“This year, I was very proud of all the students I work with because of their passion for the cause as well as the hard work they put in to make BALTO WEEK happen,” Hunter said Monday. “As always, I like to emphasize that this fundraiser is student-run — the kids do the lion’s share of the planning and execution. Also, I would like to emphasize that the Care Center has been an excellent partner during the BALTO process. They even gave a professional development session to our faculty today about spotting child abuse.”

Emma said, “We chose the Care Center because of their energy. We knew that what our money was going towards would change Oklahoma. Not only did they want a partnership this year, but for a lifetime. We also knew that the epidemic of child abuse was so huge that something needed to be done.”

The Care Center has an education program called ROAR.

“ROAR is super cool,” Meg said. “They go around to schools in Oklahoma County and teach kids how to stand up for their bodies. I think it’s really amazing that they are fighting child abuse in such a creative way.”

Emma added that the students took a tour of the Care Center and met one of the girls the center is helping.

“Because it is so confidential we didn’t get to interact with many. When we met the young girl though, she was so happy and excited for life, and we knew it was because of the Care Center! They had changed her life,” Emma said.

 

Meg said Student Council members decided to raise money for the Care Center after hearing the numbers of children who are abused in Oklahoma. 

“We decided to raise money for the Care Center after hearing the terrible statistics that 1 in 3 girls and 1 in 5 boys will be abused before their 18th birthday,” Meg said. “Not only is our money going towards an amazing new healing center at the Care Center, but also we thought it was important to shine a light on the child abuse epidemic happening right here in Oklahoma County.”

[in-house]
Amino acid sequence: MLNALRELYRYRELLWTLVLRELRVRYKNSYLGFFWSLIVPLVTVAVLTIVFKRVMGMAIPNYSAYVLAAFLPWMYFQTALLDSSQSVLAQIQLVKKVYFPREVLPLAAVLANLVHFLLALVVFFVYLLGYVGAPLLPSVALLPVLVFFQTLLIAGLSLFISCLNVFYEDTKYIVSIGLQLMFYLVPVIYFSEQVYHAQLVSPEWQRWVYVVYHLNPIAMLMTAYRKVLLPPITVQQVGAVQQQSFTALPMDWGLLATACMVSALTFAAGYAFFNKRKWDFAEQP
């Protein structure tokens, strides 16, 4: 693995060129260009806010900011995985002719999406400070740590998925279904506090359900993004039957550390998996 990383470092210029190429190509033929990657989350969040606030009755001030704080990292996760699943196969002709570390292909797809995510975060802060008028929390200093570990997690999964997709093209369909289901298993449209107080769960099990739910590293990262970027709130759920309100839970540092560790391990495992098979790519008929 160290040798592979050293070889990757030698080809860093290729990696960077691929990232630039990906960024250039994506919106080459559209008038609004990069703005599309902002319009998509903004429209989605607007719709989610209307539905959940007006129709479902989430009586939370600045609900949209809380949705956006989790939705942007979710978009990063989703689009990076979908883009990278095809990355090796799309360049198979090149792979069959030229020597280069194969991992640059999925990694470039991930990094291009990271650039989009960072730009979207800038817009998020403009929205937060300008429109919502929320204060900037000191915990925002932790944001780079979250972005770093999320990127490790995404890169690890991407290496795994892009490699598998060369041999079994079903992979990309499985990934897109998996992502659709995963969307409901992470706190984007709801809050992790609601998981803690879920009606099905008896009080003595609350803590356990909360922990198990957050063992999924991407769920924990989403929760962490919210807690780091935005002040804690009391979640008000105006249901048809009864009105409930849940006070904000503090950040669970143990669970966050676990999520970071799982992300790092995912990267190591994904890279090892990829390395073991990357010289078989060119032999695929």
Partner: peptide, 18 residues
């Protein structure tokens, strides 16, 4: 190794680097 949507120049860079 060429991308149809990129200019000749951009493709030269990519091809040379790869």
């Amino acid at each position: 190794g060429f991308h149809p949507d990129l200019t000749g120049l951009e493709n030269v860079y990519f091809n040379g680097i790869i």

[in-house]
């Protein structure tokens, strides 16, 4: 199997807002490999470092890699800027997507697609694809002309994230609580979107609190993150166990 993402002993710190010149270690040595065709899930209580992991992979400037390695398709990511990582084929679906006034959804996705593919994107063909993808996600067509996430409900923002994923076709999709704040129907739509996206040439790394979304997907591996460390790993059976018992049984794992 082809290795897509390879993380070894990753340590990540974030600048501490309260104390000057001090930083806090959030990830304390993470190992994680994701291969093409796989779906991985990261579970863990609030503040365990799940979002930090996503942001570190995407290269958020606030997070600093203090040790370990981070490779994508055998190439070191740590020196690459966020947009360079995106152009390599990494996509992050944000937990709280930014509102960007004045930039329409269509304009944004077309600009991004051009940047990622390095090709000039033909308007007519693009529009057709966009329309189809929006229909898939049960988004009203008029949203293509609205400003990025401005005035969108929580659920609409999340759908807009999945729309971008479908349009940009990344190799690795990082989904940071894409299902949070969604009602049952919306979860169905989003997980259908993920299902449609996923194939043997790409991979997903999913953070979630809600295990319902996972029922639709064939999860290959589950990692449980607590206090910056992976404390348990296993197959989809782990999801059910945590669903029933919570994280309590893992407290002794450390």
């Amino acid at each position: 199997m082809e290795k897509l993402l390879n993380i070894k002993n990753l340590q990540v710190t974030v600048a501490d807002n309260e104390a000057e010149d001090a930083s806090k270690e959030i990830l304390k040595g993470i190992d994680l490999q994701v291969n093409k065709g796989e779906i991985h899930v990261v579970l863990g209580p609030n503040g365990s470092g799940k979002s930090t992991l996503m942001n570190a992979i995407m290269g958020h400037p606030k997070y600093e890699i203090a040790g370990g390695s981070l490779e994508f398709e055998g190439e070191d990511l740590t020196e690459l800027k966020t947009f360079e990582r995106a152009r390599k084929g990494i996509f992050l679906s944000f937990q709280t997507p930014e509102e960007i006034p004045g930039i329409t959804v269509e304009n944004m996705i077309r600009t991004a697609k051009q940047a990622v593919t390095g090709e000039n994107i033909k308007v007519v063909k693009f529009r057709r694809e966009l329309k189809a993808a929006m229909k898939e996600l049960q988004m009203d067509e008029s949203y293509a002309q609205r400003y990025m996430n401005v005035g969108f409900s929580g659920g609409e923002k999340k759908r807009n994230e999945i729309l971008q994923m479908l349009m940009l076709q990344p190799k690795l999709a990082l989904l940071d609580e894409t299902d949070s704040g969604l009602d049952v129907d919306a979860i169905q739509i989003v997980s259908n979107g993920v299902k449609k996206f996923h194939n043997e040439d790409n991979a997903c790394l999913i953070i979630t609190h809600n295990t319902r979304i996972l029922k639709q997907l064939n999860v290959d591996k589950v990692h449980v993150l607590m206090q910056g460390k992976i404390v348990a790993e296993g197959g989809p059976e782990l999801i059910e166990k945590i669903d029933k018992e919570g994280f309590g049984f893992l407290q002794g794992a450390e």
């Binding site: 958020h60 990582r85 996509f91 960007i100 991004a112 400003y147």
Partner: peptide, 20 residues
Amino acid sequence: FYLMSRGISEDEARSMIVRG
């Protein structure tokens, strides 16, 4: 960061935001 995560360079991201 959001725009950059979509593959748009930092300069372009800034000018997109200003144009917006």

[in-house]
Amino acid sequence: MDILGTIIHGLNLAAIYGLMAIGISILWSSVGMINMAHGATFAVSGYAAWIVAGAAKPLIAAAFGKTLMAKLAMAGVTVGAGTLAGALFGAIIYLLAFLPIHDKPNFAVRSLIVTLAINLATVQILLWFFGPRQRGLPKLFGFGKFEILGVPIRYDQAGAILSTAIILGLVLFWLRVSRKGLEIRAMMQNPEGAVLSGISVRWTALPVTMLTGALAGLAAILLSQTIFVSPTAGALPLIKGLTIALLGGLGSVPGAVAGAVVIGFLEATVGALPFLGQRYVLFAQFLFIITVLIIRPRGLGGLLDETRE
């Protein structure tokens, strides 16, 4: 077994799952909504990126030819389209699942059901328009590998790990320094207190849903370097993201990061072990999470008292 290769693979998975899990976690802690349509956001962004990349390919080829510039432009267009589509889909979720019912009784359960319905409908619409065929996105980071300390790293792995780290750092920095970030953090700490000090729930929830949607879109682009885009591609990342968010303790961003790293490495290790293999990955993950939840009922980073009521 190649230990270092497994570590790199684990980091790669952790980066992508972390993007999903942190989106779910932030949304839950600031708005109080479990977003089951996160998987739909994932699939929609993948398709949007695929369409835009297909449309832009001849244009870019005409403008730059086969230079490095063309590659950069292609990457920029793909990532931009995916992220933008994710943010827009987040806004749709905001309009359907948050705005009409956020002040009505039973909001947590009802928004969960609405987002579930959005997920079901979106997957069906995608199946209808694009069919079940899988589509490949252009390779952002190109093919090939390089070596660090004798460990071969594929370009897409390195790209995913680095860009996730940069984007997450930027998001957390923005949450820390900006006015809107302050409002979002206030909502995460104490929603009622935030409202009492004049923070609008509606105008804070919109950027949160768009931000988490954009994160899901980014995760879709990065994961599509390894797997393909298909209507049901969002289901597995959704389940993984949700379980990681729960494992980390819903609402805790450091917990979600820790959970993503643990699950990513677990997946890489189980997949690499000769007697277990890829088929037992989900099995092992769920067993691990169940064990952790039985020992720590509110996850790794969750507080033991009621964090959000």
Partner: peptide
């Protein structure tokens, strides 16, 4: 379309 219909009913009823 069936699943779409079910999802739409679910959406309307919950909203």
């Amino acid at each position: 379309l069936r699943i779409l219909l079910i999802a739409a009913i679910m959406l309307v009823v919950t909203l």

Meg said something really made an impression on her during the Friday reveal assembly.

“Something that stands out in my mind is from Friday’s closing assembly when we did our tradition called, ‘Shine your light.’ This is when every student at Edmond North uses their flashlight to show their love for BALTO and the Care Center,” Meg said. “I will never forget looking around the gym at 2,000 lights and thinking about how many lives we will change.” 

Pivot, the Common Thread for the three high schools, will be receiving 10 percent of the total raised at each school. Pivot Inc. in Oklahoma City is a nonprofit community organization that advocates, educates, intervenes and counsels youth and families to make a positive difference in their lives.

 

BALTO HISTORY

Since 1995 North has raised more than $3.5 million dollars for BALTO recipients. Students have raised money for child cancer patients, brain tumor patients, special education students, premature babies and many more causes. 

BALTO Week is a week full of all types of student-led activities. Activities such as assemblies during school, night activities (dances, movie nights, etc.), Northstock (battle of the bands), sales (T-shirts, pizza, puppy chow, etc.), collecting money at school, and much more are all done in efforts to fundraise for their recipient. A day does not go on during this week without something planned that benefits BALTO.